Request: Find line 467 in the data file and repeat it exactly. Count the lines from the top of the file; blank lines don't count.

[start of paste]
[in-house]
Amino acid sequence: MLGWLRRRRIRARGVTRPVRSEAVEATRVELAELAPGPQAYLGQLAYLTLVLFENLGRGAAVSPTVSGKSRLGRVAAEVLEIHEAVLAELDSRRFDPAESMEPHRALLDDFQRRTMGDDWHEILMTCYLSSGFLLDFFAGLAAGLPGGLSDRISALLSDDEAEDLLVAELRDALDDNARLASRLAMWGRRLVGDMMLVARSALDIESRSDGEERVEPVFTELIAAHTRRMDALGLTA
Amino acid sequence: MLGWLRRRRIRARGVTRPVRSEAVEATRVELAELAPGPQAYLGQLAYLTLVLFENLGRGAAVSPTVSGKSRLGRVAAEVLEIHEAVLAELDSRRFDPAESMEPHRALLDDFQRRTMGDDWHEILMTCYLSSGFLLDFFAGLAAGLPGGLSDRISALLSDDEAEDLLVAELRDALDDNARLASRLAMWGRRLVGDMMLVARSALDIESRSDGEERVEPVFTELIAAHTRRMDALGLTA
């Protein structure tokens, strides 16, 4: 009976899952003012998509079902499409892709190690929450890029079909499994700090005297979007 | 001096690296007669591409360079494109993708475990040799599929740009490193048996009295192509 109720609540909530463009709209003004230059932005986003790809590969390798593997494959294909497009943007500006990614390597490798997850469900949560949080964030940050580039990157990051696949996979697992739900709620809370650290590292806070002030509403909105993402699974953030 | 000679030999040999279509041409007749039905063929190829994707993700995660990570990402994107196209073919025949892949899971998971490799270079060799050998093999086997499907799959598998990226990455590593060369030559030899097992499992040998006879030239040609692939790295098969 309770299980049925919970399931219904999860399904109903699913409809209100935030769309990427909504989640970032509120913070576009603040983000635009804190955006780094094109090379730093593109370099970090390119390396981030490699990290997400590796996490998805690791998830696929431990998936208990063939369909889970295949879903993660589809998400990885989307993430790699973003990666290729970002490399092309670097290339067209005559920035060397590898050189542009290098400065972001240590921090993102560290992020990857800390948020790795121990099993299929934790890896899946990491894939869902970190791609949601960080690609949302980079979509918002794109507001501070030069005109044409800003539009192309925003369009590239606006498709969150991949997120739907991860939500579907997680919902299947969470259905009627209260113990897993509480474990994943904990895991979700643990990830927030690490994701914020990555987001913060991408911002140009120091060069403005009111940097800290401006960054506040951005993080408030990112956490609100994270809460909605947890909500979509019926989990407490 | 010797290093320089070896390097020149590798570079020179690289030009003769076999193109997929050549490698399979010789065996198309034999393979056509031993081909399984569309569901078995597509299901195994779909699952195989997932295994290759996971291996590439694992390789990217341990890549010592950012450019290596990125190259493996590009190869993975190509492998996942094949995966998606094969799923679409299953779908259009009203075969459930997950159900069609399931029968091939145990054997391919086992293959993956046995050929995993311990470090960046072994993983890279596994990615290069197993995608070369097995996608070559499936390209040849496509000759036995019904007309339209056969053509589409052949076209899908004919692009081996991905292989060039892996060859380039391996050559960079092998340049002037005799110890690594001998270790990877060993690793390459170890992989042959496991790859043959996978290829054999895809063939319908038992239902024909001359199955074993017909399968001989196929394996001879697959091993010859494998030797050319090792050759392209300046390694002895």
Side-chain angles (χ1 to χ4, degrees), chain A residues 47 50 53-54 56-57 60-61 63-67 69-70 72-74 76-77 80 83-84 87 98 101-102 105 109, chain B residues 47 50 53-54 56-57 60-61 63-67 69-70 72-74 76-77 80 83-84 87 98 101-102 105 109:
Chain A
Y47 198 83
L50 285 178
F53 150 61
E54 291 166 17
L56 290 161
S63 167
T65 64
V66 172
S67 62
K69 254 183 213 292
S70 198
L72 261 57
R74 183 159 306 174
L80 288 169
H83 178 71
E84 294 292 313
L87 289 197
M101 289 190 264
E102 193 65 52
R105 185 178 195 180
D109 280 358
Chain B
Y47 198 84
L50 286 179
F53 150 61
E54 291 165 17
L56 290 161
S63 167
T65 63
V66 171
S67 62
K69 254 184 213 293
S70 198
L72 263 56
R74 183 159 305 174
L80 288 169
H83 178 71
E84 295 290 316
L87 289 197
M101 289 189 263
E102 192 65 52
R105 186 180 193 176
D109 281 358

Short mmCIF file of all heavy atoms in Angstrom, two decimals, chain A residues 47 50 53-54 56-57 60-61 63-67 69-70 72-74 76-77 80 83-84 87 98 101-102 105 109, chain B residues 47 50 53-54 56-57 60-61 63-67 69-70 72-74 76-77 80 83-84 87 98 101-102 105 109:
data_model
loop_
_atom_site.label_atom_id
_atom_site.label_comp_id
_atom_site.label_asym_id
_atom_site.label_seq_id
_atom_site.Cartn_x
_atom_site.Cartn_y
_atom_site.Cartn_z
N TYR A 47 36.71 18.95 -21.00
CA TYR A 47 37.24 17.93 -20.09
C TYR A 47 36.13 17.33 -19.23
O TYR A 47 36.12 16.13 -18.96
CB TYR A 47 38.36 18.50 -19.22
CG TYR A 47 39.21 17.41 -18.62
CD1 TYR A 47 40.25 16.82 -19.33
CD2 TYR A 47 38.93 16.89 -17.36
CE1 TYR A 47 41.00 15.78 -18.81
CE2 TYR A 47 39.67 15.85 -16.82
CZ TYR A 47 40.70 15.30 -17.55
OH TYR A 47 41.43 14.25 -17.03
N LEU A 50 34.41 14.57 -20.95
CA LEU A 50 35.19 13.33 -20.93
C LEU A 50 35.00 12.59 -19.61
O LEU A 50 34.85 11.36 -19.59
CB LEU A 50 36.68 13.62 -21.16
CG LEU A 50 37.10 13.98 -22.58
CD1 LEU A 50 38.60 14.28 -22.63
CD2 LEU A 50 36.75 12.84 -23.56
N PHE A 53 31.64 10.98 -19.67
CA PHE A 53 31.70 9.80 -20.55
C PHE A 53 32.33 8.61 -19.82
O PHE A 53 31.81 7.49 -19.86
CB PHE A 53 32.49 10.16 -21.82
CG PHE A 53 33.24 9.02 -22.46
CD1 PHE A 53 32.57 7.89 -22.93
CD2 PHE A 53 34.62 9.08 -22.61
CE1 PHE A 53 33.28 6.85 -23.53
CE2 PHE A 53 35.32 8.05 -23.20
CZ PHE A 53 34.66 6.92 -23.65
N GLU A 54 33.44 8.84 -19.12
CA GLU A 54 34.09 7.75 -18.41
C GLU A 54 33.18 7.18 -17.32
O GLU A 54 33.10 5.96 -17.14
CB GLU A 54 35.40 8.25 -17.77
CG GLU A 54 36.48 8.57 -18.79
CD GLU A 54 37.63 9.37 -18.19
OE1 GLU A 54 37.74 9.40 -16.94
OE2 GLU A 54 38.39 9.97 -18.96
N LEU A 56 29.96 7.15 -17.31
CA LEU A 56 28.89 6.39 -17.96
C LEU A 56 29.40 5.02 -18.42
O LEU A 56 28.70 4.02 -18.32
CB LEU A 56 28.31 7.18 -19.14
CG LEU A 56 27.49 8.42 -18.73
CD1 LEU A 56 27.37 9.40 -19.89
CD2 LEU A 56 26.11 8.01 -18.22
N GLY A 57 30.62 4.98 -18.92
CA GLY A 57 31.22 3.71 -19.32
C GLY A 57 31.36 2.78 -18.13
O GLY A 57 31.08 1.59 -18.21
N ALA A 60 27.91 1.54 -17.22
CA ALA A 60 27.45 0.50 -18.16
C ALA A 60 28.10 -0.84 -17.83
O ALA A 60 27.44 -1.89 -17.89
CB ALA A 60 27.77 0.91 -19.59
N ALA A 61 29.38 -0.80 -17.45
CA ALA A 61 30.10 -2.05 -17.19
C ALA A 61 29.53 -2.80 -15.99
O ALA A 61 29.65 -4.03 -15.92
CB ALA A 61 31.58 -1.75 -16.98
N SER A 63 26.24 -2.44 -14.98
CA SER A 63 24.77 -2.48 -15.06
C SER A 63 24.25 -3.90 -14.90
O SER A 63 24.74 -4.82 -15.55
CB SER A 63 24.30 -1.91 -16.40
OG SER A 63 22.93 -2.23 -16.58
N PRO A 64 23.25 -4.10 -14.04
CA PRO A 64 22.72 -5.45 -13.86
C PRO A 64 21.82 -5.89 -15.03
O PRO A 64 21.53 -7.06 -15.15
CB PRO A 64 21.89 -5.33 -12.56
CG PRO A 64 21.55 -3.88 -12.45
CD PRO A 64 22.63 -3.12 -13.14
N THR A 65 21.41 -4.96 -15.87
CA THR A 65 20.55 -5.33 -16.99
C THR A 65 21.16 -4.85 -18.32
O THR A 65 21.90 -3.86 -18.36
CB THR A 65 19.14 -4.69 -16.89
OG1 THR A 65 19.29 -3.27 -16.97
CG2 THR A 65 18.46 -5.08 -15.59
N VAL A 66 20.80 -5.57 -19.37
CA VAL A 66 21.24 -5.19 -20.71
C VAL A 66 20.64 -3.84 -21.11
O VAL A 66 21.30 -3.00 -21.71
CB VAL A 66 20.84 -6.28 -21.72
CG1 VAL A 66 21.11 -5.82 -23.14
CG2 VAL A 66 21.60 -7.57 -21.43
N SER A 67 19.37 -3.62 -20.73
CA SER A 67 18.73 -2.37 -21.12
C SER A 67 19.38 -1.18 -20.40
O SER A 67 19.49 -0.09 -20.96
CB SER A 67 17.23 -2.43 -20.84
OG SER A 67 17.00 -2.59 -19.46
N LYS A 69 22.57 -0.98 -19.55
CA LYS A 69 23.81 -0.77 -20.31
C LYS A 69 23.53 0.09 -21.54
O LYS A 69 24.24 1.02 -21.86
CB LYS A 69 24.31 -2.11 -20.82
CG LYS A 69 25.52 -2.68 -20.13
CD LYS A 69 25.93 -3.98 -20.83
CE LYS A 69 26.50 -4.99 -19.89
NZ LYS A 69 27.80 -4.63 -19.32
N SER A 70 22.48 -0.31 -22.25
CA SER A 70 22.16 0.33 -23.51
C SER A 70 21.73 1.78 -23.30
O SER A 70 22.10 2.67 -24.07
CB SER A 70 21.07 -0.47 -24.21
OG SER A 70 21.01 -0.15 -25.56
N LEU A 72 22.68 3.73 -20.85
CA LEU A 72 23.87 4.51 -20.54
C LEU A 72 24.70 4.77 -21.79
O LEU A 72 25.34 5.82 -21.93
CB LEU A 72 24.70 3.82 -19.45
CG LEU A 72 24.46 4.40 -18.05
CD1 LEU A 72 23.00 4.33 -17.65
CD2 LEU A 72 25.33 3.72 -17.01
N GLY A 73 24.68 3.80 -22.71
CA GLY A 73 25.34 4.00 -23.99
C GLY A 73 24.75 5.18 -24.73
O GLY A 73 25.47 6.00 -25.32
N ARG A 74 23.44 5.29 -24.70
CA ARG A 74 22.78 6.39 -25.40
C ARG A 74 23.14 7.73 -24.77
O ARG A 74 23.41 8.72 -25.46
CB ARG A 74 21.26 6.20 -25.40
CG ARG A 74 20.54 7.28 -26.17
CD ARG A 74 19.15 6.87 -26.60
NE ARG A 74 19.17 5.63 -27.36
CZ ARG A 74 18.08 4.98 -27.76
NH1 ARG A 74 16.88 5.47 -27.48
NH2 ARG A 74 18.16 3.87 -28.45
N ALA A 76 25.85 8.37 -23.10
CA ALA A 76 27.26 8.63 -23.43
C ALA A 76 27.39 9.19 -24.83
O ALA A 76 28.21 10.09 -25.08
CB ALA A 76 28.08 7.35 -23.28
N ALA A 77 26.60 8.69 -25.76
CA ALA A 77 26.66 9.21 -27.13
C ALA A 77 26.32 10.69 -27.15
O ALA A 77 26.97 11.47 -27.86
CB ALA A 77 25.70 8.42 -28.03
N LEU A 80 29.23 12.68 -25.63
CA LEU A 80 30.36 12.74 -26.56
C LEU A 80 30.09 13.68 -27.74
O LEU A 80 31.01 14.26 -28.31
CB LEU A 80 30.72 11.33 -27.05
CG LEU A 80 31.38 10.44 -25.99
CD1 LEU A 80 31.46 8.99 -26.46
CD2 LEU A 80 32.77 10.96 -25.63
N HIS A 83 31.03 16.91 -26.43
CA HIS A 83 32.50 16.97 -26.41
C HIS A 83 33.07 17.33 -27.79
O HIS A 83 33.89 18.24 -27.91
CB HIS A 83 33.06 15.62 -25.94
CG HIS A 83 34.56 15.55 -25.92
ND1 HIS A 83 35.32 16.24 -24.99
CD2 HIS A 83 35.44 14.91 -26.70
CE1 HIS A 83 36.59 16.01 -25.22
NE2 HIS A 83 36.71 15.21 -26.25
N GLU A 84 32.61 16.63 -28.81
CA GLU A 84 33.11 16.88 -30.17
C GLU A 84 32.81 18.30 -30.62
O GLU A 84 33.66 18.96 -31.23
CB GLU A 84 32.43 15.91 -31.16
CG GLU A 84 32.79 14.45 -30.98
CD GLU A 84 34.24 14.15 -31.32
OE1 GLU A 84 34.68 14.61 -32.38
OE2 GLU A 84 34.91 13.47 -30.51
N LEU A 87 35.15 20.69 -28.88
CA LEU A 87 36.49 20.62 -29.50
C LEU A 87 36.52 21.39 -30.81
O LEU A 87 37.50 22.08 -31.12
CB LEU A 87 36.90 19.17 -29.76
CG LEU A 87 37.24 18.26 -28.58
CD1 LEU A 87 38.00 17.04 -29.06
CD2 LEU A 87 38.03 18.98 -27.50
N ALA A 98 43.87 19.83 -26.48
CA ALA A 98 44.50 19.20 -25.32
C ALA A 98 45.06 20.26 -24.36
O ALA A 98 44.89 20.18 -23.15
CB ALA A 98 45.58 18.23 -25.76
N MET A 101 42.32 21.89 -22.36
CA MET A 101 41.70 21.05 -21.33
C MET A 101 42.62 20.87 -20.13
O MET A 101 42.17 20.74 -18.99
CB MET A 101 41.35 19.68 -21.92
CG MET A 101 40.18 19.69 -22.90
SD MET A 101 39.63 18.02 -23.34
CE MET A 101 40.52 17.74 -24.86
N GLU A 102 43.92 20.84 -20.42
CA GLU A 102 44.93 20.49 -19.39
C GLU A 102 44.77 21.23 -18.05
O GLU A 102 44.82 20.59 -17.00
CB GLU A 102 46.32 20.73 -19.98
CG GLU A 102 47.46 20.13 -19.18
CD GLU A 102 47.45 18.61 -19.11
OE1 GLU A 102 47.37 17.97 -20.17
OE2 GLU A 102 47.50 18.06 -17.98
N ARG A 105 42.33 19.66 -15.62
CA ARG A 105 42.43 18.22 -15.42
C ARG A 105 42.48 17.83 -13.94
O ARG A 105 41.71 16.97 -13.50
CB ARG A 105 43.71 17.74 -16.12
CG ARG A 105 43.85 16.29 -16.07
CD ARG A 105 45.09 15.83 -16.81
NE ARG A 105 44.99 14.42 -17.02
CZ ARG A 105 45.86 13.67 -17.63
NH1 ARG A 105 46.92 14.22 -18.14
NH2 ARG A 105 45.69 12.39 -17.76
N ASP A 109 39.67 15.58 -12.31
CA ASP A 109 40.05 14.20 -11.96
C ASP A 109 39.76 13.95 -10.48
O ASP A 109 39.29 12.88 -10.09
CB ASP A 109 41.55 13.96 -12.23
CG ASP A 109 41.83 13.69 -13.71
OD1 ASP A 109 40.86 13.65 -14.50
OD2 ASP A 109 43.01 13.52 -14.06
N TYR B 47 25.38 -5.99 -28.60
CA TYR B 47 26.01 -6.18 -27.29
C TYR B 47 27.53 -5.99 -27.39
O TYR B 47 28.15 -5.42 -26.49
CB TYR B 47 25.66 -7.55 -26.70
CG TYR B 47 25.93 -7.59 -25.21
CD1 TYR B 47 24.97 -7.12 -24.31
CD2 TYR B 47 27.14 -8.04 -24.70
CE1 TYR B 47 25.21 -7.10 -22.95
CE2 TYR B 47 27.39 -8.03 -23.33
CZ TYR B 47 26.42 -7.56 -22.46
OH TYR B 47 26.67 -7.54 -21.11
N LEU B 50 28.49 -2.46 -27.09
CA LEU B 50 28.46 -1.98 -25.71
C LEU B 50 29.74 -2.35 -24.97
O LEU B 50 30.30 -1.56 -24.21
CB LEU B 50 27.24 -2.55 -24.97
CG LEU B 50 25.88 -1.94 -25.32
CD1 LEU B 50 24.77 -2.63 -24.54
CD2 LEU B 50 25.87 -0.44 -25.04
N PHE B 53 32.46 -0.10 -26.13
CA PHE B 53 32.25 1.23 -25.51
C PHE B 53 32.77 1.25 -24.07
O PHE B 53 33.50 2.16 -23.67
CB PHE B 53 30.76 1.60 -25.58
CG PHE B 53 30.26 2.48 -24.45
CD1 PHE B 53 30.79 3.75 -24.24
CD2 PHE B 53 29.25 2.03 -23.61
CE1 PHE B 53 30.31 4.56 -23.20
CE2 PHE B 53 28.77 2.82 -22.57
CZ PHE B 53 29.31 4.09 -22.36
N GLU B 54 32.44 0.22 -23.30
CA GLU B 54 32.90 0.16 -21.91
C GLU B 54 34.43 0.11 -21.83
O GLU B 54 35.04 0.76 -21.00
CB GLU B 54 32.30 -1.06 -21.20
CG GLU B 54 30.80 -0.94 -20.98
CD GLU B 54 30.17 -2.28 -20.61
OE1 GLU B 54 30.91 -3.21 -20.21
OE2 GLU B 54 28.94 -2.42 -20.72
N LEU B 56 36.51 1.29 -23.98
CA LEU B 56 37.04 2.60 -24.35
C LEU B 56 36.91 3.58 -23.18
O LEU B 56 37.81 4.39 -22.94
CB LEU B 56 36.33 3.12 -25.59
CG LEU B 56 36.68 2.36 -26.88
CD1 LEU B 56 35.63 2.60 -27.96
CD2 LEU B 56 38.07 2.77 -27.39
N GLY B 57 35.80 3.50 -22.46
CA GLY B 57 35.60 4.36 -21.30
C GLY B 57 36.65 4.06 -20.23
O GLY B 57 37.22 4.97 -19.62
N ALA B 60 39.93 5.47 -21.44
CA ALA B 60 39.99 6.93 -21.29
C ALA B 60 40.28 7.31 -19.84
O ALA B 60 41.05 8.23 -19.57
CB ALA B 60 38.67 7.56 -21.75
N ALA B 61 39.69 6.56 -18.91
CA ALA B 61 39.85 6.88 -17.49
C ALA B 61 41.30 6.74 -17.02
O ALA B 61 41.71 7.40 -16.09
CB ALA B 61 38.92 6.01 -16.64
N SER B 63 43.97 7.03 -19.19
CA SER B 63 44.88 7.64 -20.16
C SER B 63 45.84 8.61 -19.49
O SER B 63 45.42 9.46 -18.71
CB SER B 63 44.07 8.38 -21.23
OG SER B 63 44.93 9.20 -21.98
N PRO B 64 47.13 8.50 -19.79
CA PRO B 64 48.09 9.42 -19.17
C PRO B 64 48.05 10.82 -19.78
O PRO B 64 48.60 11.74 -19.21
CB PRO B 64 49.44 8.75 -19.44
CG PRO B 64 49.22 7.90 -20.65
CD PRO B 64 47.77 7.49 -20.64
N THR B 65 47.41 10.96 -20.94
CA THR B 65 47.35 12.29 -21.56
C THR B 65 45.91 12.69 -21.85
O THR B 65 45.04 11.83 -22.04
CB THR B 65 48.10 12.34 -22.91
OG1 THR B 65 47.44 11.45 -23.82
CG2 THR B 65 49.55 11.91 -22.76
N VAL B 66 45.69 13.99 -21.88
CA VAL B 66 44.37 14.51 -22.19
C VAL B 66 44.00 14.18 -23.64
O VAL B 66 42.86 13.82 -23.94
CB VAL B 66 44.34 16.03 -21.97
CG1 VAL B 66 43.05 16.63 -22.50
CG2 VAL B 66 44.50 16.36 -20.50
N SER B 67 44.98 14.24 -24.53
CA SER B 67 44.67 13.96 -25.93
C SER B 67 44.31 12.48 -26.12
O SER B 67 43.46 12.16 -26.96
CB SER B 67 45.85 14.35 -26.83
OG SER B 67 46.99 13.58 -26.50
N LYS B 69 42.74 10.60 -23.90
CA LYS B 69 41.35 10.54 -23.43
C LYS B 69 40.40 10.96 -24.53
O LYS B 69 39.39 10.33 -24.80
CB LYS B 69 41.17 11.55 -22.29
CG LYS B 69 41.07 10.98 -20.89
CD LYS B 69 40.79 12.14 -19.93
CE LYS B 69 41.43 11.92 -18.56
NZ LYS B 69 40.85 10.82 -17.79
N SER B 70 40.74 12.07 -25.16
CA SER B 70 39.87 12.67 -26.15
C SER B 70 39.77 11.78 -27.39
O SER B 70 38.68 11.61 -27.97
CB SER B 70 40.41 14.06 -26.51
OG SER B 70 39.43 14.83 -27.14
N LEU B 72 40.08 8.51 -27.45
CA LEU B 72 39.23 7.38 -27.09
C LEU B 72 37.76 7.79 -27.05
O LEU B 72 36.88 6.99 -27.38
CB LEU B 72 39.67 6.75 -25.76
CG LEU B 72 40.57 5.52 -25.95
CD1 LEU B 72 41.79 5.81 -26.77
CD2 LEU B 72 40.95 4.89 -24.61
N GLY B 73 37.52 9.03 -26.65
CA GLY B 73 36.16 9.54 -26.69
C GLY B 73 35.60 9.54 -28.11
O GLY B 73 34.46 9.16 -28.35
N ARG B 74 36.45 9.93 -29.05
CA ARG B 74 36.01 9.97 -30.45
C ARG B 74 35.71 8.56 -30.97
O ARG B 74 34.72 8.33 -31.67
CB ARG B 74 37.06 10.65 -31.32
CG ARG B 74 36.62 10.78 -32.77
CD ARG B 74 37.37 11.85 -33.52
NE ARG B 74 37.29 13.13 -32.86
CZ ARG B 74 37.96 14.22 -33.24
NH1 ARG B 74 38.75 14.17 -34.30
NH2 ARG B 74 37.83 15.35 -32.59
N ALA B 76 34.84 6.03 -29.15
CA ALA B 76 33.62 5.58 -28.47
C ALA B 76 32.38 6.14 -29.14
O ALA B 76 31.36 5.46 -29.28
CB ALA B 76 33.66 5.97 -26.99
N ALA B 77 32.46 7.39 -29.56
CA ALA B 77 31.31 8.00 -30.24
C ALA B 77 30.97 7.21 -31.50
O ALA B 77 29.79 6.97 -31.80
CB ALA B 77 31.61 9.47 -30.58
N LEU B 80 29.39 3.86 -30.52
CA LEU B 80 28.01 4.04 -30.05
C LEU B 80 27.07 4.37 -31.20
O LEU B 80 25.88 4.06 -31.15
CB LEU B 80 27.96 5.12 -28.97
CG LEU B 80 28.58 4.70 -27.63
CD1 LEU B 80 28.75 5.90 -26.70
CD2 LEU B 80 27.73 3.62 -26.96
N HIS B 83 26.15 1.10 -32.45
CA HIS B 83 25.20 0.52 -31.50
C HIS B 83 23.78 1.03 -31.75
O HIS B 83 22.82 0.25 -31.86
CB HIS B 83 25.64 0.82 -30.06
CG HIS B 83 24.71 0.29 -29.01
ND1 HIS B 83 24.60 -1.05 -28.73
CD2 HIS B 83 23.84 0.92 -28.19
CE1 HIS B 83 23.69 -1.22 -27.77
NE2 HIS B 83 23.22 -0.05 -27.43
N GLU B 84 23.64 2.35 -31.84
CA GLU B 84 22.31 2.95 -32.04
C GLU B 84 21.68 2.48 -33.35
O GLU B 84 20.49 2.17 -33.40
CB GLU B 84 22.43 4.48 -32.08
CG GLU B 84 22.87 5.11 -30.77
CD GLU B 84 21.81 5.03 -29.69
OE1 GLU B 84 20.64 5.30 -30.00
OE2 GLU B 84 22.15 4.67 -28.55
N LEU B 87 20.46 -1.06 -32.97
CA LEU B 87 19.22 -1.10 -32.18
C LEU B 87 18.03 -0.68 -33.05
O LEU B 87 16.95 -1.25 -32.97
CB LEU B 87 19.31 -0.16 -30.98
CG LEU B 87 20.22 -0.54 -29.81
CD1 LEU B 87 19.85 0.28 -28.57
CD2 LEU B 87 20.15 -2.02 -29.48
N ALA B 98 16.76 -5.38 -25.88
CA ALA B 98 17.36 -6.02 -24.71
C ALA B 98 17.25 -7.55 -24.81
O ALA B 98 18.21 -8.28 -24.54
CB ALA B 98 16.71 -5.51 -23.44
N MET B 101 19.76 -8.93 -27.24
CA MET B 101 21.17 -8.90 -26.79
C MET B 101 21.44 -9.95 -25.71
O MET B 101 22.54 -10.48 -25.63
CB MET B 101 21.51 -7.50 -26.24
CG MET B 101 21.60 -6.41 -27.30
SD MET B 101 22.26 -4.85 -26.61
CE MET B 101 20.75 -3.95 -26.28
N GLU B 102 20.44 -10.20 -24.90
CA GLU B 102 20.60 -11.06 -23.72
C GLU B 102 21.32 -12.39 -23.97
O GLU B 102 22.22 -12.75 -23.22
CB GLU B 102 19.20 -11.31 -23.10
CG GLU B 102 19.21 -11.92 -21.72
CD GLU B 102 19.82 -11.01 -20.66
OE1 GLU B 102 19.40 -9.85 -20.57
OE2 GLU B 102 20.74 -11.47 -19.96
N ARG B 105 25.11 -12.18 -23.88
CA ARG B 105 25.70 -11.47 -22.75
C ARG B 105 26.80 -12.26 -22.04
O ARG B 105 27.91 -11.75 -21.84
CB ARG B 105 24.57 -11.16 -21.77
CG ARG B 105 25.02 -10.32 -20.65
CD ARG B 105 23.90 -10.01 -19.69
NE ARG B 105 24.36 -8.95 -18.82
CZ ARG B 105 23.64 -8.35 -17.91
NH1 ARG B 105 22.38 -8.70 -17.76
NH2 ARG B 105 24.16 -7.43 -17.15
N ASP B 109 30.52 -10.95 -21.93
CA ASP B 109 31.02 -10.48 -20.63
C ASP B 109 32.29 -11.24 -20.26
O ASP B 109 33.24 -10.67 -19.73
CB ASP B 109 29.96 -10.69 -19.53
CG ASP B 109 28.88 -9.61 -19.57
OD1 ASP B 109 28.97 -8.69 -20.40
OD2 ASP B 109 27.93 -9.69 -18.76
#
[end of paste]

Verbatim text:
CG MET B 101 21.60 -6.41 -27.30